Section 10.5

Continuous Functions

Among citizens, taxes are a contentious issue. Every person has their own opinion regarding how much they should be taxed or what parts of their income should be taxed. Above all, people feel that taxes should be fair. Taxes help to fund the various functions we expect from the federal government.

In the United States and many other countries, the tax rate increases as taxable income rises. In many states, a similar state income tax exists. In the state of Arizona (2011), several tax brackets exist for individuals with corresponding tax rates.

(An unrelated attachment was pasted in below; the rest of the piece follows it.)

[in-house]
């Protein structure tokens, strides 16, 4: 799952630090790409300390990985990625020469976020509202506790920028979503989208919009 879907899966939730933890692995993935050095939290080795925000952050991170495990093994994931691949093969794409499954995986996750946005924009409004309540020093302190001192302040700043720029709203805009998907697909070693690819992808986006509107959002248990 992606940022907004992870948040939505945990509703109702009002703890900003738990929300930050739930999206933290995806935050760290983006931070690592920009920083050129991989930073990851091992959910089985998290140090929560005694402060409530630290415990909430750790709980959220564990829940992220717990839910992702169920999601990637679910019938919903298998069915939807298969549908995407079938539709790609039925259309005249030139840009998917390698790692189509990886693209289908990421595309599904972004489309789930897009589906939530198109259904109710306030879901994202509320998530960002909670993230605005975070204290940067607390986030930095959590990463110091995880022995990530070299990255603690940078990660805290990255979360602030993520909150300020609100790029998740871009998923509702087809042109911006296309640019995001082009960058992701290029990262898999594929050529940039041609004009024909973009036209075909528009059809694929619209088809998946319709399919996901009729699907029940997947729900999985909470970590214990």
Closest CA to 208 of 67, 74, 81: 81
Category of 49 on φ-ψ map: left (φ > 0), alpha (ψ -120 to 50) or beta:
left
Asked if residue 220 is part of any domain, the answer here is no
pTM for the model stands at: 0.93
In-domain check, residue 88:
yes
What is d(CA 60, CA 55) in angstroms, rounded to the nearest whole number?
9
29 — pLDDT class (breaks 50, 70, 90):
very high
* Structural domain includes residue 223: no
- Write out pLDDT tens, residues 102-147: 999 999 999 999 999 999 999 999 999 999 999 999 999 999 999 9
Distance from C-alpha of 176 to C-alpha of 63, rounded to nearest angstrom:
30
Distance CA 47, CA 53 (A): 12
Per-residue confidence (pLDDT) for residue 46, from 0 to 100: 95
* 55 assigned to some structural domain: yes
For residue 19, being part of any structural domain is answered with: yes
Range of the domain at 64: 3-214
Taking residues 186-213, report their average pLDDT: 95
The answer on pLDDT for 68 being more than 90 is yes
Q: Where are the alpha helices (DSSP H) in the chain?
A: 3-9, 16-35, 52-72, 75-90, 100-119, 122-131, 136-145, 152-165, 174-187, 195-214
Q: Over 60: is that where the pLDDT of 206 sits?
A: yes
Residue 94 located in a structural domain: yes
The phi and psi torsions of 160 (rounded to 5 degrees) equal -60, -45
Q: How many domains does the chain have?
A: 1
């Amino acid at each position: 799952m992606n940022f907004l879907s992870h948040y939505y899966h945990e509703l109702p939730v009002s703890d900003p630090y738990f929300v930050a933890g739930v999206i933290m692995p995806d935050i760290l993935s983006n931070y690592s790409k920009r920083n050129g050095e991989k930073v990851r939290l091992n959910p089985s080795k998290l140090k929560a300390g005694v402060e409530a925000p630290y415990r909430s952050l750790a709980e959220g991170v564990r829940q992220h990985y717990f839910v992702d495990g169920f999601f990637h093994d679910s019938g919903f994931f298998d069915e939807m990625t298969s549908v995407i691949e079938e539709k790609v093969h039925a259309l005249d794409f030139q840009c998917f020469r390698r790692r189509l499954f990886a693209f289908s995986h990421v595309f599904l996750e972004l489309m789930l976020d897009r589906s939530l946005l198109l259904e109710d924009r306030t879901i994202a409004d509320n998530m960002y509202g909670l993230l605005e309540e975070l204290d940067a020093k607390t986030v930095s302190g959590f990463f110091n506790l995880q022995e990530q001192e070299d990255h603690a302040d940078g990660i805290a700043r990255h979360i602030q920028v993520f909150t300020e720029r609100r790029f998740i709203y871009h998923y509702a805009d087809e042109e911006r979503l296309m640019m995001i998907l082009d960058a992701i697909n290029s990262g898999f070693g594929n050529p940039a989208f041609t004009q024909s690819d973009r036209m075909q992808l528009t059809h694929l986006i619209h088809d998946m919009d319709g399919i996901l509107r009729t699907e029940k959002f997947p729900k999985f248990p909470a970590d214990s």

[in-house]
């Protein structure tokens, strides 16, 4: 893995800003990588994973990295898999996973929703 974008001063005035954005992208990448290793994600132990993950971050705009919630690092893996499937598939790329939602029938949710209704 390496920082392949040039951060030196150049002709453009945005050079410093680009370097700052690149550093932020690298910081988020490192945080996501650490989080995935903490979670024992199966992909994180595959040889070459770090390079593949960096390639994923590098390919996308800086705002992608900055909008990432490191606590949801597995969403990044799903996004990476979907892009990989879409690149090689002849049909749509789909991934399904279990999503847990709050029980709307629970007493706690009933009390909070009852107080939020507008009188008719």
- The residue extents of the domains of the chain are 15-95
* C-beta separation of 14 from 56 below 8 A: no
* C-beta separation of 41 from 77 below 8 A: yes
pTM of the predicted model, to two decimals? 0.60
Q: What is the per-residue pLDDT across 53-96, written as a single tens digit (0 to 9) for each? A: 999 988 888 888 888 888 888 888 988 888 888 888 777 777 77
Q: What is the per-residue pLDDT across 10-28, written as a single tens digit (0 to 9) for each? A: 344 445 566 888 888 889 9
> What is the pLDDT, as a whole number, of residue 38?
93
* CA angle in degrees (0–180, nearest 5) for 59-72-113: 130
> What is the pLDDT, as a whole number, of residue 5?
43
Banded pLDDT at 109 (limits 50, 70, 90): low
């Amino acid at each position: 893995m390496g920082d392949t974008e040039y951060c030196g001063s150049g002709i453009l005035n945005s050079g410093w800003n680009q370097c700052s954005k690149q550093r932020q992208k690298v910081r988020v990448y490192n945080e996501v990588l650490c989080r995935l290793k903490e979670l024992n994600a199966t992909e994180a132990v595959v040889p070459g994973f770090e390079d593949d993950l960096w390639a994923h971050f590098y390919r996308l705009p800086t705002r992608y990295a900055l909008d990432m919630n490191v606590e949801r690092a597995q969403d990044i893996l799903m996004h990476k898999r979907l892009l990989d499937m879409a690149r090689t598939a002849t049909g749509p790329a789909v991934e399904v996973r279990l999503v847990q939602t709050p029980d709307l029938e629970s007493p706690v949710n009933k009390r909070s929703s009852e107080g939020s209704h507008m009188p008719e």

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This table reflects the progressive side of the tax. The more you make, the higher the tax rate is. However, many people get squeamish when they change income brackets. If your taxable income increased the following year from $9,999 to $10,001, would the change in tax rates lead to a jump in the amount you paid?

In this section, we’ll examine this question in the context of continuous functions. We’ll learn how to recognize a continuous function. This will help us to determine if there are any jumps in the amount a person pays in Arizona when an income increase moves them from one tax bracket to another.

Read in Section 10.5

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